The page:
Before taking Francis to task, check to see what he really said.
A revised version of a Washington Times article makes a statement by Pope Francis a bit less shocking.
That’s because the corrected version does not have him saying that the Quran is a "prophetic book of peace."
The original lede ran thus:
“The Koran is a book of peace. It is a prophetic book of peace,” the pope said, United Press International reported.
Patheos blogger Thomas L. McDonald pointed out the error after checking another report, from Reuters, which said Pope Francis’ press conference on the plane ride back to Rome went this way:
Francis, the leader of 1.2 billion Roman Catholics, told reporters aboard his plane returning from a visit to Turkey that he understood why Muslims were offended by many in the West who automatically equated their religion with terrorism.
The Argentine pope, who has been trying to foster cooperation with moderate Islam in order to work for peace and protect Christians in the Middle East, said it was wrong for anyone to react to terrorism by being "enraged" against Islam.
"You just can’t say that, just as you can’t say that all Christians are fundamentalists. We have our share of them (fundamentalists). All religions have these little groups," he said.
"They (Muslims) say: ‘No, we are not this, the Koran is a book of peace, it is a prophetic book of peace’."
So, take note: the Pope was reporting what
say about their own book. He wasn’t making his own theological judgment on whether the Muslim holy book speaks for God.
UPI, however, still says the Pope said the Quran is a prophetic book of peace.
The incident calls to mind Pope Benedict XVI’s famous Regensburg address, in which he quoted a 14th-century Byzantine emperor who said that Islam is spread by the sword:
In the seventh conversation (διάλεξις – controversy) edited by Professor Khoury, the emperor touches on the theme of the holy war. The emperor must have known that surah 2, 256 reads: "There is no compulsion in religion." According to some of the experts, this is probably one of the suras of the early period, when Mohammed was still powerless and under threat. But naturally the emperor also knew the instructions, developed later and recorded in the Qur’an, concerning holy war. Without descending to details, such as the difference in treatment accorded to those who have the "Book" and the "infidels," he addresses his interlocutor with a startling brusqueness, a brusqueness that we find unacceptable, on the central question about the relationship between religion and violence in general, saying: "Show me just what Mohammed brought that was new, and there you will find things only evil and inhuman, such as his command to spread by the sword the faith he preached.” The emperor, after having expressed himself so forcefully, goes on to explain in detail the reasons why spreading the faith through violence is something unreasonable. Violence is incompatible with the nature of God and the nature of the soul. "God", he says, "is not pleased by blood — and not acting reasonably (σὺν λόγω) is contrary to God’s nature. Faith is born of the soul, not the body. Whoever would lead someone to faith needs the ability to speak well and to reason properly, without violence and threats… To convince a reasonable soul, one does not need a strong arm, or weapons of any kind, or any other means of threatening a person with death…".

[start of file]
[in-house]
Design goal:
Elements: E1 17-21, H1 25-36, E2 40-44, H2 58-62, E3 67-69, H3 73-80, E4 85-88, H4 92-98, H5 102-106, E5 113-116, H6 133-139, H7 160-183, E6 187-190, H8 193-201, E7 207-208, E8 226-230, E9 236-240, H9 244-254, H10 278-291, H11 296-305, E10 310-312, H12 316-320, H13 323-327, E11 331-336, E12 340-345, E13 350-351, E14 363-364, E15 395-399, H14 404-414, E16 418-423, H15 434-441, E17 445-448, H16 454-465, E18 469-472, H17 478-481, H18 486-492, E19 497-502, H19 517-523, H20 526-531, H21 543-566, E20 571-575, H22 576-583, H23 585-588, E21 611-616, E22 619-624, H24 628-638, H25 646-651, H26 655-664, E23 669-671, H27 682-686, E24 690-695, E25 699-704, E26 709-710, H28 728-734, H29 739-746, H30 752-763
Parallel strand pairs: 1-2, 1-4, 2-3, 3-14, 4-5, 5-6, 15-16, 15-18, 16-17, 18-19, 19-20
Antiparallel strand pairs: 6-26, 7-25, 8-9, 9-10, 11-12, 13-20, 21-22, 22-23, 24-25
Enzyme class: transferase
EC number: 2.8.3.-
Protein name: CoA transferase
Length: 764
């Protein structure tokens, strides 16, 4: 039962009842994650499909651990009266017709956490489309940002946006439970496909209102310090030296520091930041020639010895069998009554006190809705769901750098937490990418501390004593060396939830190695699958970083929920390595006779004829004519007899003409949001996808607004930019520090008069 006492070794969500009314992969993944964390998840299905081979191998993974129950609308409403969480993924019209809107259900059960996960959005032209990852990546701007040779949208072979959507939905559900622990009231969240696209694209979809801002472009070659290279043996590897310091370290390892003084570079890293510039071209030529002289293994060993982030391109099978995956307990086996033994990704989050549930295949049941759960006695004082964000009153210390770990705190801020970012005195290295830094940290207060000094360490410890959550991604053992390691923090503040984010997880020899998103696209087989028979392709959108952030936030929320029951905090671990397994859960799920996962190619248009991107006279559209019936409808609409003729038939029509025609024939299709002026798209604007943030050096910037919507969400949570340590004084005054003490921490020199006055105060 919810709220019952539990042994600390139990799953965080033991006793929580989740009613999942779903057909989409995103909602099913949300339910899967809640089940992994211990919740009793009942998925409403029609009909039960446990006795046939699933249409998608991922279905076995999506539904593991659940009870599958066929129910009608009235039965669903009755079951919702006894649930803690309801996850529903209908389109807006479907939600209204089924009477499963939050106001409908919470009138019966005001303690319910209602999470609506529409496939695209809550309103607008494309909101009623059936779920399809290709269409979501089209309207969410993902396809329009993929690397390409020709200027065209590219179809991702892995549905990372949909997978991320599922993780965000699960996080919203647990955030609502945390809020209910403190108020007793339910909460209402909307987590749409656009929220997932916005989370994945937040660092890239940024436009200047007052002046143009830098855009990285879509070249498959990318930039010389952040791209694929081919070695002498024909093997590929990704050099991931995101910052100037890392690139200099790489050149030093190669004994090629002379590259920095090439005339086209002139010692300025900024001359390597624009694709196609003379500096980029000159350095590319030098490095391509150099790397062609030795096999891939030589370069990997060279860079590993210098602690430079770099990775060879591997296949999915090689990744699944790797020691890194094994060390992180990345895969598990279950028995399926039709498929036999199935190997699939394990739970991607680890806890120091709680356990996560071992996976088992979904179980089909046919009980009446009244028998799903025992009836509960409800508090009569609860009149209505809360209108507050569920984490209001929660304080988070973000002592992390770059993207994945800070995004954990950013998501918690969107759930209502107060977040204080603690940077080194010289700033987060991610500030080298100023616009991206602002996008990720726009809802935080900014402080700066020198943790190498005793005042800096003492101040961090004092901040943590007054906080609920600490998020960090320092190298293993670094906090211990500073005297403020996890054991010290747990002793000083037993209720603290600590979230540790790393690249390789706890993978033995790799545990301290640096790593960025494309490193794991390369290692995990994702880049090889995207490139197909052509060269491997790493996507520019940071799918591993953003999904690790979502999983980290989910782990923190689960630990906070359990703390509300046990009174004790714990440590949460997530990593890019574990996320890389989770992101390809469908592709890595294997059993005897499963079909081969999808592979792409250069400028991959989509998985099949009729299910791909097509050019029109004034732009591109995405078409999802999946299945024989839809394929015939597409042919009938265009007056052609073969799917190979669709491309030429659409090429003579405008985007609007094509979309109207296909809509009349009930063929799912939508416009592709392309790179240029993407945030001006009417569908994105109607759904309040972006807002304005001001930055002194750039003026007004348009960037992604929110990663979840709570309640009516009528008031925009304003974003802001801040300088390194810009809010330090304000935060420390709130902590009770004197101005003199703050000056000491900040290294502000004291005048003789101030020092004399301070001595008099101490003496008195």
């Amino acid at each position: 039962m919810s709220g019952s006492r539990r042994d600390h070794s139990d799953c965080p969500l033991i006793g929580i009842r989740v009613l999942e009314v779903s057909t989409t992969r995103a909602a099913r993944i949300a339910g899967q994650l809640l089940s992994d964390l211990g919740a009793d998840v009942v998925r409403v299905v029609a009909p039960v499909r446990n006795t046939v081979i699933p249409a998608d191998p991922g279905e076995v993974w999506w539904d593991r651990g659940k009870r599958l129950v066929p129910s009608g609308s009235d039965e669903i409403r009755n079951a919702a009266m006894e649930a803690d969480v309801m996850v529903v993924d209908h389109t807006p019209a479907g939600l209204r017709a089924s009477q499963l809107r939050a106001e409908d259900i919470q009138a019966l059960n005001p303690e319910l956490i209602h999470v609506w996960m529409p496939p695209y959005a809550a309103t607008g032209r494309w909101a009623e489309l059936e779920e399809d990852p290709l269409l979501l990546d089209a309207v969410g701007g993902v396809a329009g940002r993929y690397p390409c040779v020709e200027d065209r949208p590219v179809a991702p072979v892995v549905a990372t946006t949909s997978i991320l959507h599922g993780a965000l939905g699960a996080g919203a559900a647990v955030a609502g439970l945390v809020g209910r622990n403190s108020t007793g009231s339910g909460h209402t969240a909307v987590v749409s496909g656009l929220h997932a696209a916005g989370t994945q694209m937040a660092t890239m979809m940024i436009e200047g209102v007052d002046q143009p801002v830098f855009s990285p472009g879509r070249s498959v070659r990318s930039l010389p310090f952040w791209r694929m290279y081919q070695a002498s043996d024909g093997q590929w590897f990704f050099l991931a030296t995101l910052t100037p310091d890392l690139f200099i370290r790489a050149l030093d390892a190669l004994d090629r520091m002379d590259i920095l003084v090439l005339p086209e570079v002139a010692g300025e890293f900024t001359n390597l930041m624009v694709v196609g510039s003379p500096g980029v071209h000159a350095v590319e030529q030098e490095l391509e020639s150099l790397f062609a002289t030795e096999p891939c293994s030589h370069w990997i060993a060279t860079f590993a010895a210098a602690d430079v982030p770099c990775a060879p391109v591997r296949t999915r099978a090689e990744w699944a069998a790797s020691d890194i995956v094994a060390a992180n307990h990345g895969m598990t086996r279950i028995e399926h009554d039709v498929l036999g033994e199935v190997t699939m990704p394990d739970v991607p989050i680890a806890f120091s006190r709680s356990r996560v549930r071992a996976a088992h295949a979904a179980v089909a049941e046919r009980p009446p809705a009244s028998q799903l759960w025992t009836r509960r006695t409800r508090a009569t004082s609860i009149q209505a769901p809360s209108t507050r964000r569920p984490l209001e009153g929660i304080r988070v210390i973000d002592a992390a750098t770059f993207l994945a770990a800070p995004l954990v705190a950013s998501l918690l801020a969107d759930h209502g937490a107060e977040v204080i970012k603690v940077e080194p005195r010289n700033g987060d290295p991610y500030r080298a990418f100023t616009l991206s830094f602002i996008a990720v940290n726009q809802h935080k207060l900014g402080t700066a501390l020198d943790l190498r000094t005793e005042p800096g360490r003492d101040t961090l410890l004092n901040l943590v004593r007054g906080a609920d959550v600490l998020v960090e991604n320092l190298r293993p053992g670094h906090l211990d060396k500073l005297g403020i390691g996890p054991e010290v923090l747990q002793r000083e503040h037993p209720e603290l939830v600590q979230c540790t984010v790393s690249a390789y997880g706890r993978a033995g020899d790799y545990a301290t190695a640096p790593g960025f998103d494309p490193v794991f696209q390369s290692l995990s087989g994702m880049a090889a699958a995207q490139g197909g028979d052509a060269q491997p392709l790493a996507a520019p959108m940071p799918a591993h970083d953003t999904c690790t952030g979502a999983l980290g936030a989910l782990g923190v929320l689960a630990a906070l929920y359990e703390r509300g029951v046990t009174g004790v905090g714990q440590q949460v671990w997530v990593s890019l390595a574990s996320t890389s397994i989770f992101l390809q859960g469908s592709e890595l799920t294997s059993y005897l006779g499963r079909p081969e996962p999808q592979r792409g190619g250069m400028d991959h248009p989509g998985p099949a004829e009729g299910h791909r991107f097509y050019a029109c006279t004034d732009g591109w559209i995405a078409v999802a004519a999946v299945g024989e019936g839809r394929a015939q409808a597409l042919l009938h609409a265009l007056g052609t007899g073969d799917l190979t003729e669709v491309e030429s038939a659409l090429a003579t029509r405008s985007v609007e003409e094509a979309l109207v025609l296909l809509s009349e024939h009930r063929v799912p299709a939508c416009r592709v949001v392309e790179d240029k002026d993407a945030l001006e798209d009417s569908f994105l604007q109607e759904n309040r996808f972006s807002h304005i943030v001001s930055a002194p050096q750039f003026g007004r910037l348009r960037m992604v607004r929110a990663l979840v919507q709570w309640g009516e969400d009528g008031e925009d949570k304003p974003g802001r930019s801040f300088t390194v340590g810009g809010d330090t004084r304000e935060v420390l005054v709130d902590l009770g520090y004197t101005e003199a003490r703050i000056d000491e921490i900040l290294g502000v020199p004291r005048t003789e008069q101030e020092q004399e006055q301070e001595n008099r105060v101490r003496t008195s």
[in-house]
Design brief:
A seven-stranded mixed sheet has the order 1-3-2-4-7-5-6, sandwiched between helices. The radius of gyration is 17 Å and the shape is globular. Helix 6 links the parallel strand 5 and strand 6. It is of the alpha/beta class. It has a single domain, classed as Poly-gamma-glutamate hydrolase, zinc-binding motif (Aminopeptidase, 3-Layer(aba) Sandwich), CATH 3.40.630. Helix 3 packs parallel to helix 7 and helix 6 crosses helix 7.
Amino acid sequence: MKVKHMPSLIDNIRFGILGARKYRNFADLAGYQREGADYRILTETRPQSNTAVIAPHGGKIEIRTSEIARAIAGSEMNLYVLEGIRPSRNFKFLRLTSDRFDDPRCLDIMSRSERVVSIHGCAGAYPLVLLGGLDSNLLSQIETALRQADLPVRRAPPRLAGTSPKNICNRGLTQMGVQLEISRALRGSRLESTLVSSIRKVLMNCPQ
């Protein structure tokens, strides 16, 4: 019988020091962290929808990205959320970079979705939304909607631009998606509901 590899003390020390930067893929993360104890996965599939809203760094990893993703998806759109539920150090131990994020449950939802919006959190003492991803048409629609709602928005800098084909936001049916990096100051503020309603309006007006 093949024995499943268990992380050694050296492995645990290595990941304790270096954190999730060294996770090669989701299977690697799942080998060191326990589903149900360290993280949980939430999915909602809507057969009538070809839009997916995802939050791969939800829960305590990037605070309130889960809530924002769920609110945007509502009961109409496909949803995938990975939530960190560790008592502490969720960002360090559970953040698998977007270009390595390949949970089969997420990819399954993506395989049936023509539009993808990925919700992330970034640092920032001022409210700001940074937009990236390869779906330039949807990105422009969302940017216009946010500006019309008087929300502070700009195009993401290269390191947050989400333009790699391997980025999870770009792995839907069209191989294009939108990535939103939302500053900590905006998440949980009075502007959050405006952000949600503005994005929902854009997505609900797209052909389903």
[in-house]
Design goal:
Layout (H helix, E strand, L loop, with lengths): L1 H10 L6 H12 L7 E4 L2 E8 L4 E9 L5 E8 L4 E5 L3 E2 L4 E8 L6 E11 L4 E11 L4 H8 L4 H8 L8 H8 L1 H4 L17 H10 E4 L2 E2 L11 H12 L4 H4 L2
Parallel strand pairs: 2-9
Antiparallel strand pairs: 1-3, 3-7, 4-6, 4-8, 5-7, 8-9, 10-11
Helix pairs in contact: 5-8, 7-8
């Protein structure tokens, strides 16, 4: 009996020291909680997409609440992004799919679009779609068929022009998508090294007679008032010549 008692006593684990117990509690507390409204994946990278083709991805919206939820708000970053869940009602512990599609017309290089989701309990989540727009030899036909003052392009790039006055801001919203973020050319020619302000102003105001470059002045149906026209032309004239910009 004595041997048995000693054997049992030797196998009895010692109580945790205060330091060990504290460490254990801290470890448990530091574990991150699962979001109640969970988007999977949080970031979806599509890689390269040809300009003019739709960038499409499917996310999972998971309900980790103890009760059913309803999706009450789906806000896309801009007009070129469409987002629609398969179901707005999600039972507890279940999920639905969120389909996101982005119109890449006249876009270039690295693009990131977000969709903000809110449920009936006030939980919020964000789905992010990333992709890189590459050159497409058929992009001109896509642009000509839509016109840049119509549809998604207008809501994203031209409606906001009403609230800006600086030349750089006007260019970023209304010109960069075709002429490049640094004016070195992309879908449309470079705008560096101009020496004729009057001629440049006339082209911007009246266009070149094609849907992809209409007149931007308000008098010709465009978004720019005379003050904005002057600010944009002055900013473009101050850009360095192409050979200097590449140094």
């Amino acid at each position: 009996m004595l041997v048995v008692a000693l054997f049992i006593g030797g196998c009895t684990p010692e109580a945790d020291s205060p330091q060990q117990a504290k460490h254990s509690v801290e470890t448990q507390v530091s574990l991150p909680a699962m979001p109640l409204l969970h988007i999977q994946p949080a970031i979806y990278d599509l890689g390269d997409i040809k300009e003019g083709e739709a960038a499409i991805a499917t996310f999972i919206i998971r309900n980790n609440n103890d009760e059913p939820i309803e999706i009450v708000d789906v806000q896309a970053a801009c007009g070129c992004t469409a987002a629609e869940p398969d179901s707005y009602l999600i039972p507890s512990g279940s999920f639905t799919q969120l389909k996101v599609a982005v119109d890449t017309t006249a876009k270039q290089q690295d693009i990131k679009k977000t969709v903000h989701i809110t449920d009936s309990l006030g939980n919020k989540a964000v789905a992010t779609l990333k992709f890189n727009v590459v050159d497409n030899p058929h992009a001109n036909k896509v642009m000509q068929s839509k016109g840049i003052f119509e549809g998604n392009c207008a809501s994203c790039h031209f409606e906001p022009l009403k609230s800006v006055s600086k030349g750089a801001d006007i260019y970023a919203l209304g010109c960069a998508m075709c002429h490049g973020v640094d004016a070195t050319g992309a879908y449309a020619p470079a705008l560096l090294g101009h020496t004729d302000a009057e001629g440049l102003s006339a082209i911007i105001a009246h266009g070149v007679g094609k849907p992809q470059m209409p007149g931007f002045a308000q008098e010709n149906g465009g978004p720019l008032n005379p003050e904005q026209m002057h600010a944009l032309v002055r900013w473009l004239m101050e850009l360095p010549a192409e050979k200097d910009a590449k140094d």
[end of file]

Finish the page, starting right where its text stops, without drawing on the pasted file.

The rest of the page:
Of course, that’s too much to expect people to read, let alone the Pope’s entire
speech, so let’s just focus on the controversial statement:
Unfortunately, many Muslims understood the Pope’s words, through the lens of the mainstream media, as endorsing that view. That misunderstanding led to violent protests and several killings of Christians.
Pope Ratzinger then went to Turkey, for much the same reason Pope Francis went—for an ecumenical visit with the Orthodox leader there. But, perhaps as a way of assuaging Muslim anger, he also made a visit to Istanbul’s Blue Mosque and prayed there standing next to an imam.
"The prayer in Istanbul’s Blue Mosque was ‘not initially planned but it turned out to be very meaningful,’" AsiaNews reported Benedict saying at a general audience after the trip. It was a prayer to the “one Lord of heaven and earth, merciful father of all mankind.”
Now we have another Pope who has gone to Turkey and returned, and comments he made, whether those reported or those mis-reported, have not led to protests and violence on the part of Christians, not even by those the Pope scorned as "our own fundamentalists." McDonald makes another point in this blog post, related to the varying kinds of reaction to papal pronouncements:
More problematic is the,
Hey we all have our nuts, amIright? comment from Francis. Christian fundamentalists are tacky and stupid and annoying, but only very rarely violent.
When a Christian goes fundie, you get Jack Chick and bad music and, sometimes, Eric Robert Rudolph.
When a Muslim goes fundie, you get the armies of ISIS, 9/11, jihad, beheadings, Jew-hate, and the destruction of civilizations.
Of the two faiths, one has tendency to violence and extremism that is rooted in elements of the faith itself, while the other does not. It’s a false equivalence.